There is a dedicated mobile app named Safety. Launched in 2016, it has some 18,000+ users, covering 700+ projects cumulatively registering some 300,000 engagements per month. There are other apps such as ViewEHS and Ib4u that are used by specific wings of L&T Construction.
An entire menu of digital solutions has been devised to keep workmen and on-site engineers safe from potentially hazardous situations. These include the application of virtual reality (VR) and augmented reality (AR), track and trace incidents for an entire range of project sites and shopfloors, among other locations. These solutions not only digitally track locations but also take corrective and preventive action in the event a dangerous situation arises.
While digitalisation of safety is the buzzword across all L&T entities, much of the Group’s safety standards and practices emerge from L&T’s own training facility called ‘Safety Innovation School (SIS)’ in Surat’s Hazira. A second SIS is located in Tamil Nadu’s Kanchipuram.
Indeed, digitalising safety is the thrust area of L&T CEO & MD S N Subrahmanyan, who believes “it is a mindset that needs to be inculcated first in oneself, followed diligently and spread vigorously to make safety a second nature for everybody. Digitalisation is the vital edge we enjoy, and digital tools can make the biggest impact to further improve our safety record”.
The progress achieved so far in digitalising the Environment, Health & Safety (EHS) initiatives and processes at L&T is dovetailed with the conglomerate’s ‘Mission Zero Harm’.
Beginning with safety awareness and training using an innovative, immersive experience of AR and VR, the use of experiential films at project sites leaves a lasting and powerful impact on workers for the need to practice safe methods at work.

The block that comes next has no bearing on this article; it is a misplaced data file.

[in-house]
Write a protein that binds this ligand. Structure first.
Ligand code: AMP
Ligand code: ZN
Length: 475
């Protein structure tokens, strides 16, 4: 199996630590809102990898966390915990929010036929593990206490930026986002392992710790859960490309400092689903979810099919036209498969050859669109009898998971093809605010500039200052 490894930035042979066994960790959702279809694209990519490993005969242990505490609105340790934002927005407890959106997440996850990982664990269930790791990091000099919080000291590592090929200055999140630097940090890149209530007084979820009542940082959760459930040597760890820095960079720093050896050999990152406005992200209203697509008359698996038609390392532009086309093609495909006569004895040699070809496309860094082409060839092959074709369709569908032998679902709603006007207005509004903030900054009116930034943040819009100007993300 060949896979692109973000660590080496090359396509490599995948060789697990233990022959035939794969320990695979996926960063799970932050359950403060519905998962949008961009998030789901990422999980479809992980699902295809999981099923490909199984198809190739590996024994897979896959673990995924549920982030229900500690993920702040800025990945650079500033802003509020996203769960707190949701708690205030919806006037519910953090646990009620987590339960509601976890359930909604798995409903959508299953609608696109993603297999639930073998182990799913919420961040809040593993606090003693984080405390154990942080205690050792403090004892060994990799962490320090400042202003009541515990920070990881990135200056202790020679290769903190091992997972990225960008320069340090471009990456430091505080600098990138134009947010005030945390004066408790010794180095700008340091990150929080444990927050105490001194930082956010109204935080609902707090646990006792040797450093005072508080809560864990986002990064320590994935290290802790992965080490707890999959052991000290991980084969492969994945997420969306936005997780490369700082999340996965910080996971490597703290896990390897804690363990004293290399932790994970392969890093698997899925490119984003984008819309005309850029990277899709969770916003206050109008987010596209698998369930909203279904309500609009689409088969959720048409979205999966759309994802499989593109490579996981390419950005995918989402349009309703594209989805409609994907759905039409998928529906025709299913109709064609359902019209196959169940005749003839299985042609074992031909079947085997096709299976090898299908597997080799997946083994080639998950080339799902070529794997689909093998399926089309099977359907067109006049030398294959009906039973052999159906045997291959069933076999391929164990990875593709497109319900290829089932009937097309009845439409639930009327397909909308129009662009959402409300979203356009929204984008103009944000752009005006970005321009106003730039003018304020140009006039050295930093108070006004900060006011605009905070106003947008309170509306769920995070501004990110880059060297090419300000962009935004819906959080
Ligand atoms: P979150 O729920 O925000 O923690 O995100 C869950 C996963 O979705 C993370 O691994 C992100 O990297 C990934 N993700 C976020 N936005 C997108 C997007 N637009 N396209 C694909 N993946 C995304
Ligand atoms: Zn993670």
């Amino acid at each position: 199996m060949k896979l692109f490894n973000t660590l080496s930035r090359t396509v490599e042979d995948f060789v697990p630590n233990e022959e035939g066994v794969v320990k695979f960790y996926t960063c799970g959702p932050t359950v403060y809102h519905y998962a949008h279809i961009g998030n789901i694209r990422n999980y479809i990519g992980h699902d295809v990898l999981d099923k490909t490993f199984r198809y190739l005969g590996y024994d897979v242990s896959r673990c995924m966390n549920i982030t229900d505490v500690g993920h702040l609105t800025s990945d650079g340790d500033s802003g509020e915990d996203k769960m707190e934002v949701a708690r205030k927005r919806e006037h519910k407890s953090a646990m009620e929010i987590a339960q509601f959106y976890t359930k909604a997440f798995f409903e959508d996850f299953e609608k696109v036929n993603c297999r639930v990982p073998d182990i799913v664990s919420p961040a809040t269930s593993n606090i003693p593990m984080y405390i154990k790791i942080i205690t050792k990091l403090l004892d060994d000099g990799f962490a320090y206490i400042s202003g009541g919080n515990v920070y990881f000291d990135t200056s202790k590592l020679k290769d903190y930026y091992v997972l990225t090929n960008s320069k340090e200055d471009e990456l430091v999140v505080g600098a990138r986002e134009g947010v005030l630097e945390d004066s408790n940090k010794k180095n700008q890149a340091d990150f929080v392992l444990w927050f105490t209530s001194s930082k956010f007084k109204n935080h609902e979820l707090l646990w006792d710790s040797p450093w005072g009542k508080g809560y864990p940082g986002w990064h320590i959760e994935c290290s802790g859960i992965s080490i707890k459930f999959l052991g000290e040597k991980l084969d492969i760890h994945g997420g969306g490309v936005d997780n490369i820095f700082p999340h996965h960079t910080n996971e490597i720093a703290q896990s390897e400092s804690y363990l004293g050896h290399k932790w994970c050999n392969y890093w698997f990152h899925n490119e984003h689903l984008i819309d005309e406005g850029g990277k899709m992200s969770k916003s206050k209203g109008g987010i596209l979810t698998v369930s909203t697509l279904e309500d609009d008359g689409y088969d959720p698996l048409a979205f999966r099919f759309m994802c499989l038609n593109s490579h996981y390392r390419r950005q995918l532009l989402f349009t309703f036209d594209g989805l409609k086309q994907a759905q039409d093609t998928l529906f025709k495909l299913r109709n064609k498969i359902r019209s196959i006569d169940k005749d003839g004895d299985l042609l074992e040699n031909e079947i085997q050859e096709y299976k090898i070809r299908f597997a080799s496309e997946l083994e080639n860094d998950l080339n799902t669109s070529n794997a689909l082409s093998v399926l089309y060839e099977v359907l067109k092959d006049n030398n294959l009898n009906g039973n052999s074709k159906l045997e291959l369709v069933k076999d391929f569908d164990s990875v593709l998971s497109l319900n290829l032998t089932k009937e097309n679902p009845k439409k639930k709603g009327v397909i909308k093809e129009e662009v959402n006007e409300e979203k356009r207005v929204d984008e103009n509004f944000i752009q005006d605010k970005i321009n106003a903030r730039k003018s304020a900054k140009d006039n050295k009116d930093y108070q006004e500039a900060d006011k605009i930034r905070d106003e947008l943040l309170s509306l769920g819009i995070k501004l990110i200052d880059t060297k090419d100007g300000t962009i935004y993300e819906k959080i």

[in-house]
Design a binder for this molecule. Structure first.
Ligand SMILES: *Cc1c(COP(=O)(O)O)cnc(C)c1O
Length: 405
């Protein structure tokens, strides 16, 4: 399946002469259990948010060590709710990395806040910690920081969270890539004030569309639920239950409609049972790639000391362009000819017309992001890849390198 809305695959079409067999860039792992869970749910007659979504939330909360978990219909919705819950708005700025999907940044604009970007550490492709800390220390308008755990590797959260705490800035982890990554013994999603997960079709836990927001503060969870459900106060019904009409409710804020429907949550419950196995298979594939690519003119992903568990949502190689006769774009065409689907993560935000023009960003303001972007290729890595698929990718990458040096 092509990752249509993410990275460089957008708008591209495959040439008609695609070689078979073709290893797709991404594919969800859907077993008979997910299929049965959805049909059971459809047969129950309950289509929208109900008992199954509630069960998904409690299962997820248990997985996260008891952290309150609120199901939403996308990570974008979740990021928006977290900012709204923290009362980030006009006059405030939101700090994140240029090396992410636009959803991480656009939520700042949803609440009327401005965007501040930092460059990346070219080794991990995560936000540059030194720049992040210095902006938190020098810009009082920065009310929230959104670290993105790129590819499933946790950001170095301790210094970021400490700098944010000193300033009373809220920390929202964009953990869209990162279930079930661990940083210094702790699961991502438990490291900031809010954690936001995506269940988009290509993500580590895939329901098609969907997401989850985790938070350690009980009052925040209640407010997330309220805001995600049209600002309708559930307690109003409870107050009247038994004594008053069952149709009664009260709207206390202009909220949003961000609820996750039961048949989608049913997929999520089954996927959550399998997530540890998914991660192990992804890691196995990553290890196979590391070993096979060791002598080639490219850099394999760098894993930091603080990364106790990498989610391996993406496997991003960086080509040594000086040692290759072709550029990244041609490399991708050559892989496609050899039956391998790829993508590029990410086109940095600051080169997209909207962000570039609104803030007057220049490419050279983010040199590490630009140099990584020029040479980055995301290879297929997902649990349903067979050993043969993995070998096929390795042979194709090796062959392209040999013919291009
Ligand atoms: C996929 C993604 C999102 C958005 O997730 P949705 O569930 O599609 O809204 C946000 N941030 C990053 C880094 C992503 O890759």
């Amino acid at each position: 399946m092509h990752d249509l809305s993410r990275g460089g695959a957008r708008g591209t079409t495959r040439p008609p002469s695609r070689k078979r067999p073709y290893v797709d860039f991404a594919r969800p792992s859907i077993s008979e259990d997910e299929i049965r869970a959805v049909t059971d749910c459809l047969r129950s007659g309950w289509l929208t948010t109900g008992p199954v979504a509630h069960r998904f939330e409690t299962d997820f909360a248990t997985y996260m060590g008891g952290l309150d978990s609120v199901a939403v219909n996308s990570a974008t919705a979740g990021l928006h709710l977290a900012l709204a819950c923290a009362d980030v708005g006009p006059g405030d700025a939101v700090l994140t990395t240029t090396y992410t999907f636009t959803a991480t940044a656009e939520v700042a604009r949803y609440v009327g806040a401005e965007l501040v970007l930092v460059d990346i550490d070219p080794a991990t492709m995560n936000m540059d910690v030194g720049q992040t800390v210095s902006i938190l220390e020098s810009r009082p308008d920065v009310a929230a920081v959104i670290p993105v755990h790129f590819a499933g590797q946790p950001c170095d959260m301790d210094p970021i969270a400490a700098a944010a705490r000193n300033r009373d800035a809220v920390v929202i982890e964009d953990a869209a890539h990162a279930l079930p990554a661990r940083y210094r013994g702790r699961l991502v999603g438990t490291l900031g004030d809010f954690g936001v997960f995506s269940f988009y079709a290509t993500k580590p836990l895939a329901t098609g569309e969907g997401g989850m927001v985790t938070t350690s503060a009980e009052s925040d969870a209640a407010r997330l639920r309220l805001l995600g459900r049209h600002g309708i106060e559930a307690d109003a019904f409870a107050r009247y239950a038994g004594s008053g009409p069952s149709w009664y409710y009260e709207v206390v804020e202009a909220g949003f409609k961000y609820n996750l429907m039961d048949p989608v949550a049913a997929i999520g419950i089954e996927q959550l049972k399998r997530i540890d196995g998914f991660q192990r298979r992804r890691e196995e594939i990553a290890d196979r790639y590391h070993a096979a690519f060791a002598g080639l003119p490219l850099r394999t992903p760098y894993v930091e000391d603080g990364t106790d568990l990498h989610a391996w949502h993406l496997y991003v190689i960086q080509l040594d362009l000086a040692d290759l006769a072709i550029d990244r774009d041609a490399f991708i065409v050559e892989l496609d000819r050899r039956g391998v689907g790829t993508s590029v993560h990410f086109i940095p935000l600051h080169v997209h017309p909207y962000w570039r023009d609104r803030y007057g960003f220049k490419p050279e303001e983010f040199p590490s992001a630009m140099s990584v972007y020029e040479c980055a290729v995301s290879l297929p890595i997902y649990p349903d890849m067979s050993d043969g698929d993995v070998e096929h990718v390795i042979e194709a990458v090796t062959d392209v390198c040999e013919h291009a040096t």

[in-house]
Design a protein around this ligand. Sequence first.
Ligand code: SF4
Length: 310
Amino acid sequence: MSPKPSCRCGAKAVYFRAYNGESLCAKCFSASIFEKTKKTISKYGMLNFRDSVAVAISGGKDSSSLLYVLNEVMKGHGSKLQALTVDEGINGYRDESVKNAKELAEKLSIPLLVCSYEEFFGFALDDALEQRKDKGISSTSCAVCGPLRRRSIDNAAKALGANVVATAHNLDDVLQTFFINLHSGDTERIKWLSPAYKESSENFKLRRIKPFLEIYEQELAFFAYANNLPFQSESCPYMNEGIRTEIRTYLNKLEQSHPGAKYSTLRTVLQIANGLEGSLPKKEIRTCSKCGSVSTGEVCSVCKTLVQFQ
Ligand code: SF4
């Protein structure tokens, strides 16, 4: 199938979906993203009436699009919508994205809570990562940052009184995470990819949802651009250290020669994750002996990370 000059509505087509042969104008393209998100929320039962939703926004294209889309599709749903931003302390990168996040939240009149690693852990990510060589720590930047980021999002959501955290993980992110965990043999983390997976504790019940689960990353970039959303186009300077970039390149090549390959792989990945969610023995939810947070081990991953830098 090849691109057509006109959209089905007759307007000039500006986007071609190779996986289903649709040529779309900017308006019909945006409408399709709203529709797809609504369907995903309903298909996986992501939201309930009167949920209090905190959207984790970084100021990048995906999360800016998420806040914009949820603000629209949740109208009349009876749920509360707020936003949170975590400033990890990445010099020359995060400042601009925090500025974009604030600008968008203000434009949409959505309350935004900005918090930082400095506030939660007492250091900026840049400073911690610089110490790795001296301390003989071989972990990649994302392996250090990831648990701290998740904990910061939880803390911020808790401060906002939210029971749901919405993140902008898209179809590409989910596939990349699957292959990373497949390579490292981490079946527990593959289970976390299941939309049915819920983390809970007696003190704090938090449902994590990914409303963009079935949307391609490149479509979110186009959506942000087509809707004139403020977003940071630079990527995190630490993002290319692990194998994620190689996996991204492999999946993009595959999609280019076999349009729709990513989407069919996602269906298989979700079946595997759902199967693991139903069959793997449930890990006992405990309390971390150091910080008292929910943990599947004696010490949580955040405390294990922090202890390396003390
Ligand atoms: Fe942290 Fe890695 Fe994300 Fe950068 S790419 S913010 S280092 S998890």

“We have created a number of short films on AR and VR. No less than 40 modules have been devised for multiple scenarios and some of these are in combination with AR. In fact, immersive VR films are administered to participants at every project site,” said Anantha Sayana, the Chief Digital Officer at L&T.
The modules encompassing various types of work – at heights, in confined spaces, fire safety, material handling, etc. – have been developed and put on a variety of VR gears such as Oculus Go, Rift and HTC Vive.
At L&T Hydrocarbon Engineering (LTHE), as many as 177 mock drills and 504 EHS campaigns and promotional events were conducted across project sites in 2020. More importantly, 15,879 safety training programmes were also conducted.
Over the past two years, several efforts to digitalise the EHS process at L&T Heavy Engineering include the introduction of an online ‘permit to work system’, ‘reported safety concern’, ‘temporary override of safety critical control’ and ‘safety inspection system’. This has helped to monitor the process effectiveness, trend analysis and reduction of non-value-added activities.
Digitalisation is the name of the game today to ensure high EHS standards, and the various digital solutions for safety adopted by all the L&T verticals have improved awareness and compliance.